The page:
The Sickle Cell Disease (SCD) Implementation Consortium (SCDIC) was created to address the gap in the implementation of evidence-based interventions for SCD into clinical care and to develop a longitudinal registry of patients with SCD. The SCDIC is a cooperative research program composed of eight academic/clinical sites and one data coordinating center, and is supported by the National Institutes of Health through the National Heart, Lung, and Blood Institute (NHLBI) and the National Institute on Minority Health and Health Disparities (NIMHD). An article published in the July 15 issue of the Orphanet Journal of Rare Diseases describes the development of the SCDIC Registry, making available the registry baseline for SCD and first follow-up data collection forms and REDCap data dictionary for other SCD research efforts. Source: OJRD

CTX001™ (CRISPR Therapeutics and Vertex Pharmaceuticals) has received Priority Medicines (PRIME) designation from the European Medicines Agency (EMA) for the treatment of sickle cell disease (SCD). PRIME provides early and enhanced scientific and regulatory support to medicines that have the potential to significantly address patients’ unmet medical needs. CTX001™ is an investigational gene-editing cell therapy that uses the CRISPR-Cas9 gene-editing tool to modify patient-derived stem cells to express foetal haemoglobin (HbF). An increase in HbF levels has the potential to alleviate transfusion requirements for severe thalassaemia patients and reduce painful and debilitating sickle crises for SCD patients. CTX001 is currently the most advanced gene-editing approach in development for thalassaemia and SCD. To date, CTX001 has been granted Regenerative Medicine Advanced Therapy (RMAT), Fast Track, and Orphan Drug designations from the U.S. Food and Drug Administration (FDA), and Orphan Drug Designation from the European Commission, for both transfusion-dependent thalassaemia and SCD.
For more information about the clinical trials and the gene-editing process, see here.

Supported by the American Society of Hematology (ASH), the first set of recommendations aimed at increasing capacity for specialized care for adults living with sickle cell disease (SCD) have recently been published in Blood Advances. SCD is a debilitating, lifelong disease with severe complications beginning early in life. Given improvements in care, most children with SCD survive into adulthood. Across the United States, surveys suggest significant gaps and dissatisfaction with adult sickle cell care for reasons such as difficulties with access, perceived discrimination, and lack of clinician confidence and knowledge in managing SCD complication. The proposed recommendations codify the components of establishing SCD adult care centers. These include:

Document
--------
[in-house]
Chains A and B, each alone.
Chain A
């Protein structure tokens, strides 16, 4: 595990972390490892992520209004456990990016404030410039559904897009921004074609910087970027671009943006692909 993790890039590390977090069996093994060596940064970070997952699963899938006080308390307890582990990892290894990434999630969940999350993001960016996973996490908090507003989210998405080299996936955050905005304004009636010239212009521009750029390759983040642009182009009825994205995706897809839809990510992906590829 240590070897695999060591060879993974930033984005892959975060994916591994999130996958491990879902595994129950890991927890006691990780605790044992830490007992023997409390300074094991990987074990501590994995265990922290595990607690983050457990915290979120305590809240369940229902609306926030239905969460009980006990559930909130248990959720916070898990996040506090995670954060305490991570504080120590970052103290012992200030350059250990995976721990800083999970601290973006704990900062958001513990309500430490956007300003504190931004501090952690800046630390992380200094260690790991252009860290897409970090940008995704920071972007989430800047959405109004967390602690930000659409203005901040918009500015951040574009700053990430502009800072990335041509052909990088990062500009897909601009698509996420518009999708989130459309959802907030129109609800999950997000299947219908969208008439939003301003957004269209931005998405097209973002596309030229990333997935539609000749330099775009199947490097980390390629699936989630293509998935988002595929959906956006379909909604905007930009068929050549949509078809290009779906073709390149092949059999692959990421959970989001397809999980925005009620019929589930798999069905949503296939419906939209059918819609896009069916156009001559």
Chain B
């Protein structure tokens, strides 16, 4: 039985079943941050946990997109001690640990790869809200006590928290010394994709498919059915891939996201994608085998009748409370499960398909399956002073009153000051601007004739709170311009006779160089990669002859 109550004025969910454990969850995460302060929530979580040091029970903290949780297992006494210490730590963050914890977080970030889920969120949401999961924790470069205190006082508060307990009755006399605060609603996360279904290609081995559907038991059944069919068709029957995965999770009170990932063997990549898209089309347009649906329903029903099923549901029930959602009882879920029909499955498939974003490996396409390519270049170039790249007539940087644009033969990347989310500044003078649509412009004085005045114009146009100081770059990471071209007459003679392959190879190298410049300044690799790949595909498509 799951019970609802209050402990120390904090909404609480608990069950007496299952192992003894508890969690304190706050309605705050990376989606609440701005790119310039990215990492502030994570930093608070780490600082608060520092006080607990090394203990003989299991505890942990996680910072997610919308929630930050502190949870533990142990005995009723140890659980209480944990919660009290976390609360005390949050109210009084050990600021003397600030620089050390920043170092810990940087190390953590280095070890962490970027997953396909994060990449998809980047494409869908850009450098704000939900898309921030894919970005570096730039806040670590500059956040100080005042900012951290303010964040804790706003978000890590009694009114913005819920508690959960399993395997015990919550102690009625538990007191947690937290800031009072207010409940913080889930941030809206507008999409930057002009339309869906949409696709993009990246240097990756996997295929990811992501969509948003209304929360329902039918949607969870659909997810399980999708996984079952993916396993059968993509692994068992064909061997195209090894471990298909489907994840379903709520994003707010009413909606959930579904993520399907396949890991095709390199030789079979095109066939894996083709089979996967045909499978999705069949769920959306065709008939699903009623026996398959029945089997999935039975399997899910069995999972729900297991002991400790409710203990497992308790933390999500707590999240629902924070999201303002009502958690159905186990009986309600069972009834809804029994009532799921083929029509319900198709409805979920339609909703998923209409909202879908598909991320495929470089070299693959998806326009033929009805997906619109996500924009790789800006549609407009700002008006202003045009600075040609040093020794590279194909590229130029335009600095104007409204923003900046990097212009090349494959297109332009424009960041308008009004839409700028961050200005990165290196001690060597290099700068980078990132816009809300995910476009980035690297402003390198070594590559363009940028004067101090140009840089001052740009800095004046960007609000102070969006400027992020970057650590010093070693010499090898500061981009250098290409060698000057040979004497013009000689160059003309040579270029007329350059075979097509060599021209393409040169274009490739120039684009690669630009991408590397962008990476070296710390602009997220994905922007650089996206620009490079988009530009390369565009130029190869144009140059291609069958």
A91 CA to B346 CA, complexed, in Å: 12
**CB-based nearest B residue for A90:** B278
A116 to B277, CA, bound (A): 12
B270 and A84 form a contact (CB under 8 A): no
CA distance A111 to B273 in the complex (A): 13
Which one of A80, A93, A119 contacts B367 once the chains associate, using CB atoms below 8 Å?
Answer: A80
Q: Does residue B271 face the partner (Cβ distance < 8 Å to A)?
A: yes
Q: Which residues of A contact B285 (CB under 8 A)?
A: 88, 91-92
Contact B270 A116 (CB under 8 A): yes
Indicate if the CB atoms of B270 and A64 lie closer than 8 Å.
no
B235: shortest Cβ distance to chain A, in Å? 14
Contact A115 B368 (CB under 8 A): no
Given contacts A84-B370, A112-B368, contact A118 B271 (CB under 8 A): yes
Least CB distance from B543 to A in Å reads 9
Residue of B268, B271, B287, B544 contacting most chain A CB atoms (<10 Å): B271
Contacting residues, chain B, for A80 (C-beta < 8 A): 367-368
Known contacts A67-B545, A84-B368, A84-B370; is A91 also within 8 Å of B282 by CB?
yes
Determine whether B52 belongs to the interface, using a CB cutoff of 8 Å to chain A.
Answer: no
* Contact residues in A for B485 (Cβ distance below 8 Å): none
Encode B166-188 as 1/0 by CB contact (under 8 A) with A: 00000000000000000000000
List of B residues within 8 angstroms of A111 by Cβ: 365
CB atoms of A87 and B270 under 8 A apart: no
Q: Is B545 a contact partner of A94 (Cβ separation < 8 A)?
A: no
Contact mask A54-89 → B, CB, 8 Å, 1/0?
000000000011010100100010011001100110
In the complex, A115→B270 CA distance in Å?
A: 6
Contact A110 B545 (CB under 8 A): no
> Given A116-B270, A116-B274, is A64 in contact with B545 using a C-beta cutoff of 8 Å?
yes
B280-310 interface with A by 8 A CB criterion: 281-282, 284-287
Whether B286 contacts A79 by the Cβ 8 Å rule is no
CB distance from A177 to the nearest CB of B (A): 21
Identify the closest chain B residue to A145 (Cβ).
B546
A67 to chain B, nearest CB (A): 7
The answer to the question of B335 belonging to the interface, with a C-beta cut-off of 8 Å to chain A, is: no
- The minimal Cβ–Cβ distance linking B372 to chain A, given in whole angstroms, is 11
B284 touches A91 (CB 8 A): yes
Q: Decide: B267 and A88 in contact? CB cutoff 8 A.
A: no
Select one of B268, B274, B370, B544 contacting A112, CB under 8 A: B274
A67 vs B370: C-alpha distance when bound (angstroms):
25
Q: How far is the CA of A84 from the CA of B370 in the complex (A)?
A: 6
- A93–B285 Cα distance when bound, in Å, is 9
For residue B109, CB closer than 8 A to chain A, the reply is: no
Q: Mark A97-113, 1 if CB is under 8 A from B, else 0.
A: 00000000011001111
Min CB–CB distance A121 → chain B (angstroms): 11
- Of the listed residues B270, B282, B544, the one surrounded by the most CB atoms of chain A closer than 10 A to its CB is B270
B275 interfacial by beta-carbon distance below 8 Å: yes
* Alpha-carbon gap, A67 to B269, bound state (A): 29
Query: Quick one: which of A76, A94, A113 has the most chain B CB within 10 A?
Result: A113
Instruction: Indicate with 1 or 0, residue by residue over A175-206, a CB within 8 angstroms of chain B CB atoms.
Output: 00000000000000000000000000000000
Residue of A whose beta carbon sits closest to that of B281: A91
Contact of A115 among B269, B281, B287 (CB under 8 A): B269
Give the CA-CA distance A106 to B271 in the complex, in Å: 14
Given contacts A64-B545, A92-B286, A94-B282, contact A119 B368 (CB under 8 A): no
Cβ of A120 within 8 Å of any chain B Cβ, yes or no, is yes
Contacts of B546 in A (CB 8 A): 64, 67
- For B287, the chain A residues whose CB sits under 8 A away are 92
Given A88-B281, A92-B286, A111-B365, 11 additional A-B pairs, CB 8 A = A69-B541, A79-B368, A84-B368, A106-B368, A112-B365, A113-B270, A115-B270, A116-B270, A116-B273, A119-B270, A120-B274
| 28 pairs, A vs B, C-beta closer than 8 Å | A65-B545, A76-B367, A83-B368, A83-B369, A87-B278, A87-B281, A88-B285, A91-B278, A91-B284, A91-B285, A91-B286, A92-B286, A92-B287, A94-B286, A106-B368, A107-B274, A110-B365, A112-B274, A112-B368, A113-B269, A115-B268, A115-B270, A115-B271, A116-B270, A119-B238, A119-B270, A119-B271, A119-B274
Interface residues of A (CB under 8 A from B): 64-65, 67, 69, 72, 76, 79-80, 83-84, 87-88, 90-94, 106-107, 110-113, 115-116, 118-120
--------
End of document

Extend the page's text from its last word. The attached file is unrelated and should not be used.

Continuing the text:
• Multidisciplinary, team-based, evidence-guided care that is coordinated throughout the institution.
  • The SCD center as the recognized authority for managing SCD within the institution.
  • A physician lead who is considered an SCD specialist.
  • One or more social workers, a patient coordinator, and dedicated nursing staff.
  • The ability to offer acute and chronic pain management, transfusion, and access to specialists.

The paper makes recommendations for additional important, but not required, personnel such as clinic managers, behavioral health staff and psychologists, physical and occupational therapists, and pharmacists. Altogether, the recommendations define comprehensive care for SCD as team-based, holistic, and tailored to the unique needs of individuals with SCD.

More information: Blood Advances, ASH news


The FDA granted Rare Pediatric Disease (RPD) designation for EDIT-301 (Editas Medicine, Inc.), an experimental, autologous cell medicine intended for the treatment of sickle cell disease (SCD). EDIT-301 comprises sickle patient haematopoietic stem/progenitor cells (HSPCs) that are genetically modified using a highly specific and efficient CRISPR/Cas12a (also known as Cpf1) ribonucleoprotein (RNP) to edit the γ-globin gene promoter region in the beta-globin locus. Red blood cells (RBCs) derived from EDIT-301 HSPCs demonstrate a sustained increase in foetal haemoglobin (HbF) production, which inhibits polymerisation of sickle haemoglobin (HbS) in RBCs, a hallmark of SCD, and has the potential to provide long-term treatment benefits for people living with SCD. The Company expects to file to the FDA for Investigational New Drug (IND) for SCD by the end of 2020. Source: ASH News

Xromi® (Nova Laboratories Ltd) has been approved by the Scottish Medicines Consortium for use within NHS Scotland to treat sickle cell disease (SCD) in patients as young as 2 years of age. Xromi® is a strawberry-flavored oral formulation of hydroxycarbamide (hydroxyurea) intended for the prevention of vaso-occlusive complications in SCD patients who have difficulty swalling tablets. This is the first  hydroxycarbamide formulation appropriate for young children. Xromi® is available on a prescription-only basis to healthcare specialists in the UK, EU and the Middle East, with plans for worldwide availability.

See here for more info on Xromi®. Source: Sickle Cell Disease News